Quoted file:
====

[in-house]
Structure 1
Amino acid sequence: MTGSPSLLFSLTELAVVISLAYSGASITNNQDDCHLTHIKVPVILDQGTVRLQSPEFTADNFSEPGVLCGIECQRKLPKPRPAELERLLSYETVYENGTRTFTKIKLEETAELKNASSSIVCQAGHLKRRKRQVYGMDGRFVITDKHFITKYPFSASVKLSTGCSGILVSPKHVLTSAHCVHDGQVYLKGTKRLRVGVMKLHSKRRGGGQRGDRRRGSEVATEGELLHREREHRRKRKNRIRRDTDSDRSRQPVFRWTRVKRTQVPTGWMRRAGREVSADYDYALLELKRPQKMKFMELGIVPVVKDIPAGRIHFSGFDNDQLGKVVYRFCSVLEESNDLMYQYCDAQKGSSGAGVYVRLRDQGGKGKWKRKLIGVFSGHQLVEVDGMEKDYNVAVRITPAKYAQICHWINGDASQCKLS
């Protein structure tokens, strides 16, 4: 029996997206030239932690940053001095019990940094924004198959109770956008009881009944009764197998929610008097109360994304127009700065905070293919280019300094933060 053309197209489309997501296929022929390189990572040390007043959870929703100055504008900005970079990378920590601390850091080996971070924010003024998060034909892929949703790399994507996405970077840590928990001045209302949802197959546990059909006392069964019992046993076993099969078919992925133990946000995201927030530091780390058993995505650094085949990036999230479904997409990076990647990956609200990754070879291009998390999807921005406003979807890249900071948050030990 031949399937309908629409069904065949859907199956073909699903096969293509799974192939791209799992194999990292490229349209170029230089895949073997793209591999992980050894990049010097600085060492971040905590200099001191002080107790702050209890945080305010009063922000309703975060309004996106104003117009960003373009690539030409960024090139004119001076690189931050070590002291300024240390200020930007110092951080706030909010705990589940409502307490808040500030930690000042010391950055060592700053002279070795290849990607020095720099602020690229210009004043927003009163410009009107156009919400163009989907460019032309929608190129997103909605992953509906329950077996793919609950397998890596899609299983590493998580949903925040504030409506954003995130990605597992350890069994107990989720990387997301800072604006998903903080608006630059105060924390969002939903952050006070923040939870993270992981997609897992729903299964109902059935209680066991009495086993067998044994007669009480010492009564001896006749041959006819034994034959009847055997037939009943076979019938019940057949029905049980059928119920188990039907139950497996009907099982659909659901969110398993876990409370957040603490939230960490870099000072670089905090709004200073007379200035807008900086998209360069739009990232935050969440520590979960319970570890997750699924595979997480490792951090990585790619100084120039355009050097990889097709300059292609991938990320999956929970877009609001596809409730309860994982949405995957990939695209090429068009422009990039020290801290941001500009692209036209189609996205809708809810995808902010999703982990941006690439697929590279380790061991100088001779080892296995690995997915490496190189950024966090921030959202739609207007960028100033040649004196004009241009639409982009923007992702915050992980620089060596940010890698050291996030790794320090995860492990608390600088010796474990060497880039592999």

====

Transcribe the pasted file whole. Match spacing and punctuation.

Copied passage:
[in-house]
Structure 1
Amino acid sequence: MTGSPSLLFSLTELAVVISLAYSGASITNNQDDCHLTHIKVPVILDQGTVRLQSPEFTADNFSEPGVLCGIECQRKLPKPRPAELERLLSYETVYENGTRTFTKIKLEETAELKNASSSIVCQAGHLKRRKRQVYGMDGRFVITDKHFITKYPFSASVKLSTGCSGILVSPKHVLTSAHCVHDGQVYLKGTKRLRVGVMKLHSKRRGGGQRGDRRRGSEVATEGELLHREREHRRKRKNRIRRDTDSDRSRQPVFRWTRVKRTQVPTGWMRRAGREVSADYDYALLELKRPQKMKFMELGIVPVVKDIPAGRIHFSGFDNDQLGKVVYRFCSVLEESNDLMYQYCDAQKGSSGAGVYVRLRDQGGKGKWKRKLIGVFSGHQLVEVDGMEKDYNVAVRITPAKYAQICHWINGDASQCKLS
């Protein structure tokens, strides 16, 4: 029996997206030239932690940053001095019990940094924004198959109770956008009881009944009764197998929610008097109360994304127009700065905070293919280019300094933060 053309197209489309997501296929022929390189990572040390007043959870929703100055504008900005970079990378920590601390850091080996971070924010003024998060034909892929949703790399994507996405970077840590928990001045209302949802197959546990059909006392069964019992046993076993099969078919992925133990946000995201927030530091780390058993995505650094085949990036999230479904997409990076990647990956609200990754070879291009998390999807921005406003979807890249900071948050030990 031949399937309908629409069904065949859907199956073909699903096969293509799974192939791209799992194999990292490229349209170029230089895949073997793209591999992980050894990049010097600085060492971040905590200099001191002080107790702050209890945080305010009063922000309703975060309004996106104003117009960003373009690539030409960024090139004119001076690189931050070590002291300024240390200020930007110092951080706030909010705990589940409502307490808040500030930690000042010391950055060592700053002279070795290849990607020095720099602020690229210009004043927003009163410009009107156009919400163009989907460019032309929608190129997103909605992953509906329950077996793919609950397998890596899609299983590493998580949903925040504030409506954003995130990605597992350890069994107990989720990387997301800072604006998903903080608006630059105060924390969002939903952050006070923040939870993270992981997609897992729903299964109902059935209680066991009495086993067998044994007669009480010492009564001896006749041959006819034994034959009847055997037939009943076979019938019940057949029905049980059928119920188990039907139950497996009907099982659909659901969110398993876990409370957040603490939230960490870099000072670089905090709004200073007379200035807008900086998209360069739009990232935050969440520590979960319970570890997750699924595979997480490792951090990585790619100084120039355009050097990889097709300059292609991938990320999956929970877009609001596809409730309860994982949405995957990939695209090429068009422009990039020290801290941001500009692209036209189609996205809708809810995808902010999703982990941006690439697929590279380790061991100088001779080892296995690995997915490496190189950024966090921030959202739609207007960028100033040649004196004009241009639409982009923007992702915050992980620089060596940010890698050291996030790794320090995860492990608390600088010796474990060497880039592999």